Monday, September 14, 2009

You say knish, I say pretzel...

Raise your hand if you know what I"m talking about. If you have a family that includes members of color, you don't just jump in your car and drive to small towns in Red States without making sure that folks in those parts are comfortable with colored people. At least I don't.

So of course, when some friends told us we had to take our children to this quaint little amusement park in Lancaster, PA called Dutch Wonderland, the first thing I did was go to the website to see if they included children of color in their promotional materials. And they did. In fact, they showed quite a nice variety of families of color on the site, making me feel AOK about taking my mixie kids there.

Dutch Wonderland sits in the heart of Lancaster County, which is home to many Amish communities and throngs of Pennsylvania Dutch/Germans. I believe I read that it is also home to the soft pretzel. I've also heard that while Lancaster City has a sizable Black and Hispanic population, outside of the city it's pretty White and hostile to "outsiders." So I wasn't sure what to expect at this Wonderland. Well, before we even parked our car I could feel my meltingpot sensors rev up, as we parked between a Hispanic family on our left and an Indian family on our right.

Once we were in the park, I was truly astounded by the number of not just African-American families, but Hasidic Jews, Mennonites, and South East Asian families as well. I heard Spanish being spoken, as well as Yiddish. And everyone seemed interested in only one thing, having fun with their kids. It was heartwarming but I couldn't help but wonder what was the draw for such a diverse crowd. I mean the park was cute, but it wasn't all that.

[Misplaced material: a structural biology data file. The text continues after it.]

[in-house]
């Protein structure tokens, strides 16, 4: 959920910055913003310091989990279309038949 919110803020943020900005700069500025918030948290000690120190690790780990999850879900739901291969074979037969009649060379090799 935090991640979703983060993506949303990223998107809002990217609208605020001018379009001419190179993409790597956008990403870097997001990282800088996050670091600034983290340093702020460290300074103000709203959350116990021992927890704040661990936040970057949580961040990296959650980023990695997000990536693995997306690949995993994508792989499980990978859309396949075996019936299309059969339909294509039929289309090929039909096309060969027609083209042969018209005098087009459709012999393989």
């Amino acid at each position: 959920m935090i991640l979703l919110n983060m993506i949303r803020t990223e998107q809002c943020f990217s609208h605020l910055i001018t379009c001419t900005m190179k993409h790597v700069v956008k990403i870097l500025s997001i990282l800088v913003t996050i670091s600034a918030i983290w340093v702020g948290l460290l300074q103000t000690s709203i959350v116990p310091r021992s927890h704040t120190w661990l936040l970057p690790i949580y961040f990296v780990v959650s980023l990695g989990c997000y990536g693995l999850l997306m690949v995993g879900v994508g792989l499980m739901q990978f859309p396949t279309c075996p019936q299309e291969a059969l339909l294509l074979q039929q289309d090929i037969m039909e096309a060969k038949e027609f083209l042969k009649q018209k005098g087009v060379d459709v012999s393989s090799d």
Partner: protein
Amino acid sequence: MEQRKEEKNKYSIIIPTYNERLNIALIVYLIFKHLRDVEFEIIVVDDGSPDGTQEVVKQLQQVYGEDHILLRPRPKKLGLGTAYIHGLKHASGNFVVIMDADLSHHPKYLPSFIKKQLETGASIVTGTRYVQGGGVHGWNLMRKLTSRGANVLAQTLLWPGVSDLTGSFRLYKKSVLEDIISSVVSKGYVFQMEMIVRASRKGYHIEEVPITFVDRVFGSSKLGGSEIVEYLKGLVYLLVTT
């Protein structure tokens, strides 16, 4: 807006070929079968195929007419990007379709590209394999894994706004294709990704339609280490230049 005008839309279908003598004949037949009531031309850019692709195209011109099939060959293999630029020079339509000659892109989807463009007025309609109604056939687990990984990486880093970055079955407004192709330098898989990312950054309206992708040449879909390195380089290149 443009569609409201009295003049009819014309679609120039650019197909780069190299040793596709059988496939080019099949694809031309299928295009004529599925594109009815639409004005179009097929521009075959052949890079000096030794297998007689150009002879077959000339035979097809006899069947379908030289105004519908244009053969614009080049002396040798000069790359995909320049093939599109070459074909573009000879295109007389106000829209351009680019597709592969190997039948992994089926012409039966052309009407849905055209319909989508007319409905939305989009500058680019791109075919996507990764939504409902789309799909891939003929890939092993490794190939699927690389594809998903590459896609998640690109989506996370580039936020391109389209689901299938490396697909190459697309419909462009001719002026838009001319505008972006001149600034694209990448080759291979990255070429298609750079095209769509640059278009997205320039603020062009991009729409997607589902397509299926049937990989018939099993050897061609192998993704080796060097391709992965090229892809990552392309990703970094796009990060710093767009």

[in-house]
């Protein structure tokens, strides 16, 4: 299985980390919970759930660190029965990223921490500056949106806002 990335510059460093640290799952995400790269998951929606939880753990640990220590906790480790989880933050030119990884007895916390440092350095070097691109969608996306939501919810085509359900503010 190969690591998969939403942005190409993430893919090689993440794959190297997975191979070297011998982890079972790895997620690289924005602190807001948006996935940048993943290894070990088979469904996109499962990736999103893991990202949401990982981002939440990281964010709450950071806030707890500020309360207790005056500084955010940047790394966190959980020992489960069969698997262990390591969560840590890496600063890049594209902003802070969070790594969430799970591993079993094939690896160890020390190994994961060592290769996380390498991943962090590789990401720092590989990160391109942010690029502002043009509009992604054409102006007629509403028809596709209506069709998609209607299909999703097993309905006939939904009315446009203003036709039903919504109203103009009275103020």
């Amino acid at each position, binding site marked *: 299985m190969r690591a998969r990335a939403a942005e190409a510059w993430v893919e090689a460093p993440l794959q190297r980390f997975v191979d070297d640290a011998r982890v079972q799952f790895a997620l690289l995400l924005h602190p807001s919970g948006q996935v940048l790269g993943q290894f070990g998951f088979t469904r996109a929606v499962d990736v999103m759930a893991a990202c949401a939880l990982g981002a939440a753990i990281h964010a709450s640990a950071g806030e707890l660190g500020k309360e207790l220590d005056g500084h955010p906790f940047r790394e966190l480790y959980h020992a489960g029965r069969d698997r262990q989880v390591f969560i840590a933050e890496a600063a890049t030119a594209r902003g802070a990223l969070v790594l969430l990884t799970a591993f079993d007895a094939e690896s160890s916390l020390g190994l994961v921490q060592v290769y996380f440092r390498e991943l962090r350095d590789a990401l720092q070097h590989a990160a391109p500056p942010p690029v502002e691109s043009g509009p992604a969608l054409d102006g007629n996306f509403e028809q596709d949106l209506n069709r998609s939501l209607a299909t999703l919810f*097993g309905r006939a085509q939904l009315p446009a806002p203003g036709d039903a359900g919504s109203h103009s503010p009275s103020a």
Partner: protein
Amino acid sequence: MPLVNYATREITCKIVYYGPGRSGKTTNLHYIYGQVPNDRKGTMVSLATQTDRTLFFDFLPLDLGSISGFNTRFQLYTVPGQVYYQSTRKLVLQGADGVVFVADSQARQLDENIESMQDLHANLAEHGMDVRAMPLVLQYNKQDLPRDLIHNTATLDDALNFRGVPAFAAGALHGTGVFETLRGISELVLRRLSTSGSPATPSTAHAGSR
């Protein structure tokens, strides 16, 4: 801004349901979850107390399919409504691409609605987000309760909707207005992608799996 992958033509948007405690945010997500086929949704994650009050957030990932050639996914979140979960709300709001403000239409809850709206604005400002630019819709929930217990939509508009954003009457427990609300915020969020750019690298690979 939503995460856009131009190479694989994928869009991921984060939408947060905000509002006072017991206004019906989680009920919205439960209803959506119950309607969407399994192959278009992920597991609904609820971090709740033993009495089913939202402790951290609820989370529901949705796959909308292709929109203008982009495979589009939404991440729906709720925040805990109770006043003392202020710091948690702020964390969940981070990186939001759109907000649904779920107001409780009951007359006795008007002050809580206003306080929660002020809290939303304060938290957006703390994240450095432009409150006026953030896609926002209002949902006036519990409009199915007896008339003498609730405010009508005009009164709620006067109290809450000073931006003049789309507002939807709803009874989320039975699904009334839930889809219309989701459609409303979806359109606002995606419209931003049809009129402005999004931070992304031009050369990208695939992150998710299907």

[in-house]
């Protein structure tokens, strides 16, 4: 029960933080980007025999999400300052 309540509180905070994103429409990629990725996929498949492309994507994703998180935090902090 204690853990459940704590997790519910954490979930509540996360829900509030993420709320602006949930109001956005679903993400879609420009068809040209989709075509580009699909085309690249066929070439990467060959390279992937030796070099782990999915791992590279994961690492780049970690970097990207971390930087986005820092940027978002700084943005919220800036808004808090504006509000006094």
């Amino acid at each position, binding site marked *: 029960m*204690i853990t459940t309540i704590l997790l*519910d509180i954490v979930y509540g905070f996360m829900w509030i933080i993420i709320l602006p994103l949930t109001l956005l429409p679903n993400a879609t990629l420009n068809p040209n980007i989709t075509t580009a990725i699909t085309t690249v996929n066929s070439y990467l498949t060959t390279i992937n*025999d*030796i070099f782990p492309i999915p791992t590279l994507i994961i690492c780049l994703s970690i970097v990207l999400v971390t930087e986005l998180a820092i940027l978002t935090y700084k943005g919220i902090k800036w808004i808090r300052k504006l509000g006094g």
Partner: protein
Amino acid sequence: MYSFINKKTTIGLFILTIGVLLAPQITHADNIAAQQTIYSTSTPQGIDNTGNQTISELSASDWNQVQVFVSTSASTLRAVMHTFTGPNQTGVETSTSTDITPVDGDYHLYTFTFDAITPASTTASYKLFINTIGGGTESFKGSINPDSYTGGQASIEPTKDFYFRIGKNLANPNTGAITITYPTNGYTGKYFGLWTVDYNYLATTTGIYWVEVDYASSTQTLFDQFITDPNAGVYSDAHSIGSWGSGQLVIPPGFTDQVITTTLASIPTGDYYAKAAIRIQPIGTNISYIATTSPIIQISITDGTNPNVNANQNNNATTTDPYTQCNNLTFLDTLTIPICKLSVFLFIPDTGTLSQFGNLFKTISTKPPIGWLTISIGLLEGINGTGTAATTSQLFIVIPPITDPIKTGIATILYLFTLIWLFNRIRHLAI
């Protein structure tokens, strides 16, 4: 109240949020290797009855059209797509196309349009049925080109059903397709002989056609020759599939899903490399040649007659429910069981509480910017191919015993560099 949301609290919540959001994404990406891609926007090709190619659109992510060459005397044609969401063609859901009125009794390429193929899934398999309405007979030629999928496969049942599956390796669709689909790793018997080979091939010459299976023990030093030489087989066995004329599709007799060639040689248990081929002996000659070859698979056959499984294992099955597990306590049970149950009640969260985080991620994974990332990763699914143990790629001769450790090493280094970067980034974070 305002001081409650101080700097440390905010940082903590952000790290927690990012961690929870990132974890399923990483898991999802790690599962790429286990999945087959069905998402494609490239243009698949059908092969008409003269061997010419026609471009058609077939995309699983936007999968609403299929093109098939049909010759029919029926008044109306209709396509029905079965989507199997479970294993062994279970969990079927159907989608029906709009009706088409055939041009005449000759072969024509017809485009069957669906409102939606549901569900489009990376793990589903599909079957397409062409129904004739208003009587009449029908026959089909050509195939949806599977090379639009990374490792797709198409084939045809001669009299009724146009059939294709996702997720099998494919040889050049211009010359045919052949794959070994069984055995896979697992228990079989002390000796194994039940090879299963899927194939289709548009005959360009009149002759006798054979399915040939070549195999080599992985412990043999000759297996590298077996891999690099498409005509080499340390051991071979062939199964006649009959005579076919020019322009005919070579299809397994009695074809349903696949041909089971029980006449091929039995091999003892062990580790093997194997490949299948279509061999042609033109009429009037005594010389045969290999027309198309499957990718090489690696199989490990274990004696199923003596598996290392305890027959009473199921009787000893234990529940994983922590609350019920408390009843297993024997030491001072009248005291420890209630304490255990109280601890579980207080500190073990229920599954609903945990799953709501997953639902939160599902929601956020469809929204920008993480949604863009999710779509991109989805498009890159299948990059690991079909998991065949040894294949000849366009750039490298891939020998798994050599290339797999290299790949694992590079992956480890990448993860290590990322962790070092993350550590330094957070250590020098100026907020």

So of course I did some investigating. Apparently the reason Hasidic families are drawn to Dutch Wonderland, is because they have a big ol' Kosher market and restaurant in the middle of the park. That's gotta make you feel welcome and cuts down on what you have to pack in your picnic basket. Or maybe it's the kinship with the Amish that they feel.

But it can't just be about the food can it? I mean we went because it was a lot closer and cheaper than Disneyland. Had I known it was going to be such a hotbed of diversity, I might have been inclined to check it out sooner. Anybody else ever heard of Dutch Wonderland? Can you think of how an amusement park in the middle of Amish country got such a colorful following? Maybe I'm making too much out of nothing. But even if I am, I'm still happy that the place exists. It just makes my American meltingpot feel that much warmer.


Dee said...

This is news to me. I've never heard of Dutch Wonderland. Where is it?

Have you heard of Hershey Park in Hershey, Pennsylvania? I've only been there once, and that was years ago.

LT said...


Believe it or not, Hershey Park and Dutch Wonderland are owned by the same company. Small little world of happy places in Pennsylvania.

Anonymous said...


Our family (white folks) have gone each year for about 6-7 years. I assert that the diversity is a function of economics. Dutch Wonderland is an inexpensive alternative to Disney. For those kids under 10, Dutch Wonderland is as good as Disney. Trying to save a buck knows no color.